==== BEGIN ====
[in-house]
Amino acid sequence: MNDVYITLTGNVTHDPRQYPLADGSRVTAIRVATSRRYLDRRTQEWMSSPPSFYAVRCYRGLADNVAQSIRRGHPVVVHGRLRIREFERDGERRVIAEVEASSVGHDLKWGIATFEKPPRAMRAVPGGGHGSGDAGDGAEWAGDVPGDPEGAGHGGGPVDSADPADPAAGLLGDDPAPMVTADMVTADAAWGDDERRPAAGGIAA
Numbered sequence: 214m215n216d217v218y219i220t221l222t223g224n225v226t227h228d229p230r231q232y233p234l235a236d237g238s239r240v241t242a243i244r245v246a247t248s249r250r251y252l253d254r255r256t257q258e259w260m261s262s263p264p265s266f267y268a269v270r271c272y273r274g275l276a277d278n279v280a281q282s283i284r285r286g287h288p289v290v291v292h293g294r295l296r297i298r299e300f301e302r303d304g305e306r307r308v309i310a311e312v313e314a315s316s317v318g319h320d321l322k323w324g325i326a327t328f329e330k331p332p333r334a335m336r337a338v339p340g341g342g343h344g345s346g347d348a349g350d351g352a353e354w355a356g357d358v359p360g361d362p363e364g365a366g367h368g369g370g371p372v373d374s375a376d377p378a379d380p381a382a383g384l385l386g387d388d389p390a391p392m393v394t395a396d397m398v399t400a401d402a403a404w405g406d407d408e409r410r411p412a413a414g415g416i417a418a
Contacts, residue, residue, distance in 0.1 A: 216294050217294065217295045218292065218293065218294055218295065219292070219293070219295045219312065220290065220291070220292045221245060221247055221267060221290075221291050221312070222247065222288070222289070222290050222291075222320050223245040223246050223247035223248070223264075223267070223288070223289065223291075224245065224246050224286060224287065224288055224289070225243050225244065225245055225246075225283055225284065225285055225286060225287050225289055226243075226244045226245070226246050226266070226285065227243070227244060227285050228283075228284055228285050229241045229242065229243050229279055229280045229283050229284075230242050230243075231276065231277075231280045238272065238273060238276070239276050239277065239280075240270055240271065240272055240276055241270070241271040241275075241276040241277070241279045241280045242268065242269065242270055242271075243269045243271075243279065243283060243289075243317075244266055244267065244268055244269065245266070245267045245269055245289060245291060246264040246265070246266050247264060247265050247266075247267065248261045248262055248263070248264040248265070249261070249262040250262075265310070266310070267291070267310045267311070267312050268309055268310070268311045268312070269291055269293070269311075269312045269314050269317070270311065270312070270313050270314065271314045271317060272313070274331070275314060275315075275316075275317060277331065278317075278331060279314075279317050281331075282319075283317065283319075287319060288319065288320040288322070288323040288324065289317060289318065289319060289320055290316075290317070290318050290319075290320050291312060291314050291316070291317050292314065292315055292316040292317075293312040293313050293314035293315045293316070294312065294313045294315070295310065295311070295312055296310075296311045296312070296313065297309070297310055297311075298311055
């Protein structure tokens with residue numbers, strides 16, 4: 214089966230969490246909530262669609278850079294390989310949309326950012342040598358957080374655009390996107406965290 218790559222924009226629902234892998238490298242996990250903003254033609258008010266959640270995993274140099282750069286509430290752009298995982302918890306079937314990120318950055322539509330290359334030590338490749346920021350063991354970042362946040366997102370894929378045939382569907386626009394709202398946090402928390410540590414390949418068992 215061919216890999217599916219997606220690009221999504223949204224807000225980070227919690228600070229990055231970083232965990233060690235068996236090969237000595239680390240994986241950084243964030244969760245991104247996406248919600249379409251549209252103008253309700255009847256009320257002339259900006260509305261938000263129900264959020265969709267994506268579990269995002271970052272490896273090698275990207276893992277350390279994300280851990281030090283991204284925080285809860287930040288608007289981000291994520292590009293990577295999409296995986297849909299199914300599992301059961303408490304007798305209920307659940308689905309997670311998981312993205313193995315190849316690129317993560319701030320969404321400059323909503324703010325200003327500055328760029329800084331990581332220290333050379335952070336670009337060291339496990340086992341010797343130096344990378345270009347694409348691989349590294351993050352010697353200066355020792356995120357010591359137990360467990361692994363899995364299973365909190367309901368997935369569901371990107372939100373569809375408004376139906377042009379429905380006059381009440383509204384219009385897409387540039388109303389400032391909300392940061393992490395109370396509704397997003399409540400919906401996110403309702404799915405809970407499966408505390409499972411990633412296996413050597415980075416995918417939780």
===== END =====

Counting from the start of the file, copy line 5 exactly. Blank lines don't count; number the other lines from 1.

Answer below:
């Protein structure tokens with residue numbers, strides 16, 4: 214089966230969490246909530262669609278850079294390989310949309326950012342040598358957080374655009390996107406965290 218790559222924009226629902234892998238490298242996990250903003254033609258008010266959640270995993274140099282750069286509430290752009298995982302918890306079937314990120318950055322539509330290359334030590338490749346920021350063991354970042362946040366997102370894929378045939382569907386626009394709202398946090402928390410540590414390949418068992 215061919216890999217599916219997606220690009221999504223949204224807000225980070227919690228600070229990055231970083232965990233060690235068996236090969237000595239680390240994986241950084243964030244969760245991104247996406248919600249379409251549209252103008253309700255009847256009320257002339259900006260509305261938000263129900264959020265969709267994506268579990269995002271970052272490896273090698275990207276893992277350390279994300280851990281030090283991204284925080285809860287930040288608007289981000291994520292590009293990577295999409296995986297849909299199914300599992301059961303408490304007798305209920307659940308689905309997670311998981312993205313193995315190849316690129317993560319701030320969404321400059323909503324703010325200003327500055328760029329800084331990581332220290333050379335952070336670009337060291339496990340086992341010797343130096344990378345270009347694409348691989349590294351993050352010697353200066355020792356995120357010591359137990360467990361692994363899995364299973365909190367309901368997935369569901371990107372939100373569809375408004376139906377042009379429905380006059381009440383509204384219009385897409387540039388109303389400032391909300392940061393992490395109370396509704397997003399409540400919906401996110403309702404799915405809970407499966408505390409499972411990633412296996413050597415980075416995918417939780």